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Facebook Priming up Mid-Roll Ads; To Share 55% Ad Sales Revenue with Publishers

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Video advertising will flood Facebook very soon. 2017 will see the arrival of Facebook mid-roll ads. After Facebook introduced mid-video ads for Live broadcasts, it is now ruminating about letting publishers insert ads in non-Live videos too. The idea is still in its testing stage.

By monetizing its video sharing and streaming platform, Facebook is planning to become the “king of video content” in 2017. According to credible sources in video advertising industry Facebook boss Mark Zuckerberg wants users to watch more ads while streaming videos. The latest mid-video ads will enable ad publishers to leverage world’s most popular social media network, opening up a virgin revenue channel. Currently referred to as “mid-roll” ad unit, the publishers can insert a mini ad clip anywhere in the video. Ad length could be anywhere between 15 seconds and 90 seconds.

According to a verified industry source, the Facebook mid-roll ads will pop up once the user has finished watching the video for 20 seconds. Facebook will sell the ads, and in return get 45% revenue share from the publishers. Currently, YouTube also allows publishers to post ads with online videos. Even the split-share revenue models are similar between Facebook and YouTube.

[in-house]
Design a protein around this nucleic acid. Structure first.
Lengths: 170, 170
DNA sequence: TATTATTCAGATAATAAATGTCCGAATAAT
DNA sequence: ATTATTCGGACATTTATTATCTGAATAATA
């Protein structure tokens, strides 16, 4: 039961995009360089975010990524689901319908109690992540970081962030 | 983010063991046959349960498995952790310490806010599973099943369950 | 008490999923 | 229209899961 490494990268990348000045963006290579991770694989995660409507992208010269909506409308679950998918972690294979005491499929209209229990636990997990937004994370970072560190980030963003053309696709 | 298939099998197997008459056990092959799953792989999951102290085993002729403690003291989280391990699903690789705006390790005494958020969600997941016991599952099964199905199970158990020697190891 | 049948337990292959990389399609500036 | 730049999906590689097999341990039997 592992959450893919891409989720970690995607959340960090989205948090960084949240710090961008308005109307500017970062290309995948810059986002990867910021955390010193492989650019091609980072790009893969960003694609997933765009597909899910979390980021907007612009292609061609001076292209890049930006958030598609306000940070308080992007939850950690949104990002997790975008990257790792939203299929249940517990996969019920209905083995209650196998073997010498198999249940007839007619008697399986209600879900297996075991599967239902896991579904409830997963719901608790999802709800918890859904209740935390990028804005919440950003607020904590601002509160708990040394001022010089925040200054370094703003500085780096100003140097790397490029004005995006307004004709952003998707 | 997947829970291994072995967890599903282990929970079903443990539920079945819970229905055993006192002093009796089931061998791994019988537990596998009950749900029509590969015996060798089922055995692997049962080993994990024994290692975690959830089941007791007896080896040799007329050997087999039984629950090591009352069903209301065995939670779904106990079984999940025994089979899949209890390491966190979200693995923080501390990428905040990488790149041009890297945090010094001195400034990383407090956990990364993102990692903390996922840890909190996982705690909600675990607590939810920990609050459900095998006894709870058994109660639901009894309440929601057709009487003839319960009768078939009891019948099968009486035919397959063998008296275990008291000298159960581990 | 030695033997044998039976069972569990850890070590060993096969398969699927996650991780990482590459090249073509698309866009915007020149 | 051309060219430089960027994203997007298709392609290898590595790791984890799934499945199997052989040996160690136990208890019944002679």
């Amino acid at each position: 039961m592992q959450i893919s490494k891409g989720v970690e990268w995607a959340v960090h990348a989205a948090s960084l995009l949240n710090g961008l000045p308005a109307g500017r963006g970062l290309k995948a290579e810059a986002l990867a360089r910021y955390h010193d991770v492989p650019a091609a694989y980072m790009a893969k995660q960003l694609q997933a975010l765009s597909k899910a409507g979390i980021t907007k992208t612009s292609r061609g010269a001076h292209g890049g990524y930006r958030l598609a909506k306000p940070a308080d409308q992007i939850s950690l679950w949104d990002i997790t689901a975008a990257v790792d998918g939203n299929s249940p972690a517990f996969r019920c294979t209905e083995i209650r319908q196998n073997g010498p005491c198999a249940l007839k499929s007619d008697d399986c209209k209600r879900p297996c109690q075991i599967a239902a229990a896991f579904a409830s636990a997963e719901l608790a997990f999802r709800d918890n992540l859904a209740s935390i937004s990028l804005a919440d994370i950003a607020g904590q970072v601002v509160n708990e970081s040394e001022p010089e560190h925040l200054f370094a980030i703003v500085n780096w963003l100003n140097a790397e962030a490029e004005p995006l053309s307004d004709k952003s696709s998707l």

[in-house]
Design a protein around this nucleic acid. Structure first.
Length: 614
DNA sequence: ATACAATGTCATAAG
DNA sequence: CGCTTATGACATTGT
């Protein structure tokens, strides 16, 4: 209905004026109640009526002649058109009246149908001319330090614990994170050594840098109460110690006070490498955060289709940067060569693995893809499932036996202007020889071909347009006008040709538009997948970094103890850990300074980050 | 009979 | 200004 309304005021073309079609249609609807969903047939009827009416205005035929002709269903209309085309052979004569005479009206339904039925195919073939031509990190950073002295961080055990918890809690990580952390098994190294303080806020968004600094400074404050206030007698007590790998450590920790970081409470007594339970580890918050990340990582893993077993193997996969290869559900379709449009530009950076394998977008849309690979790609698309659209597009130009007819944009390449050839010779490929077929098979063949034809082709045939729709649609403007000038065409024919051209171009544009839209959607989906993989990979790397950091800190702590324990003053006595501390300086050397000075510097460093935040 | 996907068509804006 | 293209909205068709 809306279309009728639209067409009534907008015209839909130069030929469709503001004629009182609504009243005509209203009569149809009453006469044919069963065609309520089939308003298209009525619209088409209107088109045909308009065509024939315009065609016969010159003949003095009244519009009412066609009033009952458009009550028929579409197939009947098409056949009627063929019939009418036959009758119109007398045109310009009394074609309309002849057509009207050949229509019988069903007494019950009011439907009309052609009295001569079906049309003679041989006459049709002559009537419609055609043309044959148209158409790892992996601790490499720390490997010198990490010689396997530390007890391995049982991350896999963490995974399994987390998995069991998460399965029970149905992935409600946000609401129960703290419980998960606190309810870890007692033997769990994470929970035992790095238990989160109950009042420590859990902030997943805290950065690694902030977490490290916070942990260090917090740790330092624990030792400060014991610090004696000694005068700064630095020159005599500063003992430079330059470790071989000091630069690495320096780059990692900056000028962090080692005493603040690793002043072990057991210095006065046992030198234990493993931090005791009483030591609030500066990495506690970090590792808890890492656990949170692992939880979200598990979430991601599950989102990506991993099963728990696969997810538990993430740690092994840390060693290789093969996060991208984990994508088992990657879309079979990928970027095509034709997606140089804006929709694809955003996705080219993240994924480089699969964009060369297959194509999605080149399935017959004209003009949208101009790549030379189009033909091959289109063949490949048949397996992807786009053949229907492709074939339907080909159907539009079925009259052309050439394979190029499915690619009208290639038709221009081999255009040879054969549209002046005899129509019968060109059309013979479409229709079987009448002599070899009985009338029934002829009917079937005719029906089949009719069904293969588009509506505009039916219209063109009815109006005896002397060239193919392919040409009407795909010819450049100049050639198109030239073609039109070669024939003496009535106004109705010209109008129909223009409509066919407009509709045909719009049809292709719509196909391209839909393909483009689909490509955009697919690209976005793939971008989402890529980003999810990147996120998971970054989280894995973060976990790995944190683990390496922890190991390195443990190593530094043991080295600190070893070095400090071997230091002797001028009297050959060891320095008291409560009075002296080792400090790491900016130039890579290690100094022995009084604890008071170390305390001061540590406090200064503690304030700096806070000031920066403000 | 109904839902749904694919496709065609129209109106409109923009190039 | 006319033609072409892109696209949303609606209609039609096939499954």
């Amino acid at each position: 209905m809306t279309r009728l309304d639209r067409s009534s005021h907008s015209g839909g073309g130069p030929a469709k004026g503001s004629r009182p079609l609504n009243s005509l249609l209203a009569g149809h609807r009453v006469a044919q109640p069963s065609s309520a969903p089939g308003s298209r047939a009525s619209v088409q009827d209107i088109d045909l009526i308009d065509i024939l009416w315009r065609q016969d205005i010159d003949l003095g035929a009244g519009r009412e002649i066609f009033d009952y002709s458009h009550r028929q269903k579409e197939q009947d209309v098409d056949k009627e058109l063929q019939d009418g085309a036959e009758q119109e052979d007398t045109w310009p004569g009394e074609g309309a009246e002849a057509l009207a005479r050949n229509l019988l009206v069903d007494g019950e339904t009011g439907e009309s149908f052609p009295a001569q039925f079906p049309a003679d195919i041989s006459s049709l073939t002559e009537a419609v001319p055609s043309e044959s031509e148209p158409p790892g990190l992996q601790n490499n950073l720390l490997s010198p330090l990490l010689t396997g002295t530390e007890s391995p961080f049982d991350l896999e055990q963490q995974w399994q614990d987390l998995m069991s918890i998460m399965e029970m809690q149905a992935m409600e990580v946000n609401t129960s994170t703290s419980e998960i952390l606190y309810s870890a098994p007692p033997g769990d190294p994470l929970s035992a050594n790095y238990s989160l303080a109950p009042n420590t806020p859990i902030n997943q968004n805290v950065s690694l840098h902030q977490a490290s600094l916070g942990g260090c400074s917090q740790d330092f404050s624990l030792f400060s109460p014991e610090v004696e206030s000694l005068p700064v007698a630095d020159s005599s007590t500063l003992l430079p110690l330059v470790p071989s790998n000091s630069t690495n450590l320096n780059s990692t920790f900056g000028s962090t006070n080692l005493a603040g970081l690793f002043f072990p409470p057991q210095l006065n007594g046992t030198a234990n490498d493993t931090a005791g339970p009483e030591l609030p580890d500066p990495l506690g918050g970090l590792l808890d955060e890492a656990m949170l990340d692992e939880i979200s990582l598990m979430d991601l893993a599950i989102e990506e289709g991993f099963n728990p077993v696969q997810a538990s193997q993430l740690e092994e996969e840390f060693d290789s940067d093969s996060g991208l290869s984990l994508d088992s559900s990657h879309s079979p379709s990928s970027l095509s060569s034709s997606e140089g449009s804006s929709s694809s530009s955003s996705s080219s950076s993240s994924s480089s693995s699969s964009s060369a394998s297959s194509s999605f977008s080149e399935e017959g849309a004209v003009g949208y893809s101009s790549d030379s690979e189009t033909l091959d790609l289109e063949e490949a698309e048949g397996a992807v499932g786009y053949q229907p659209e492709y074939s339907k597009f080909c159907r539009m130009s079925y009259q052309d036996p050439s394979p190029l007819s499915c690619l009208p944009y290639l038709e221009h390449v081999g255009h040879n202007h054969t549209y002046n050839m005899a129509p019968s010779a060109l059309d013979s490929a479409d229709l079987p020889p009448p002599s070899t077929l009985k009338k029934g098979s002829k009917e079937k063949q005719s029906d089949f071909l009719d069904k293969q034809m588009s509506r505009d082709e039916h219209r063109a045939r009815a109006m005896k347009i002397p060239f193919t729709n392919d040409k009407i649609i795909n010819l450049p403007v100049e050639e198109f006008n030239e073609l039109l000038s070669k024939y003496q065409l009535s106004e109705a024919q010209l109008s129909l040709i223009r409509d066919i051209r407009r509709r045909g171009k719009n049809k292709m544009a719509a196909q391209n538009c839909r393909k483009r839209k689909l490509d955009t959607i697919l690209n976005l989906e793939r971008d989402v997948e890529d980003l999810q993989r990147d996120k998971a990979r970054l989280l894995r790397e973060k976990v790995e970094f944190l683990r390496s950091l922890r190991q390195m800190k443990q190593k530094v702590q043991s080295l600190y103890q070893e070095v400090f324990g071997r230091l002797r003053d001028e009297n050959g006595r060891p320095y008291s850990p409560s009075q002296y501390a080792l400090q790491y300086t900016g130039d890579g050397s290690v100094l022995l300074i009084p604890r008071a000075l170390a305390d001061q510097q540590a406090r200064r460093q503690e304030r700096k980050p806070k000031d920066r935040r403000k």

Once the new mid-video ads on Facebook turn into reality, it will represent the first concrete step towards enabling publishers to run monetized video ad campaigns. Facebook acknowledged the power of video content in January 2016. According to a report on Facebook’s Q3 earnings in 2015, users spent watching 100 million video-hours per day. With new mid-roll ads, more video consumption automatically translates into more video advertising.

Facebook may not replace TV ads altogether; instead, it will offer a second-screen experience, playing cross-chairs with YouTube ads. The biggest impact of the latest mid-roll ad unit will be seen from News Feeds that primarily drive the video content distribution mechanism on Facebook.

From customer experience POV, Facebook has no plans to run pre-video ads. Moreover, only those ads will be given “video realty” that can capture viewer’s attention for a longer time. In short, Facebook wants publishers to make creative ads that are long enough to capture user’s attention. More videos, more revenue for Facebook – 2017 is going to be a video advertising revolution.

Wait, till Snapchat too comes up with a similar inviting platform for ad publishers.

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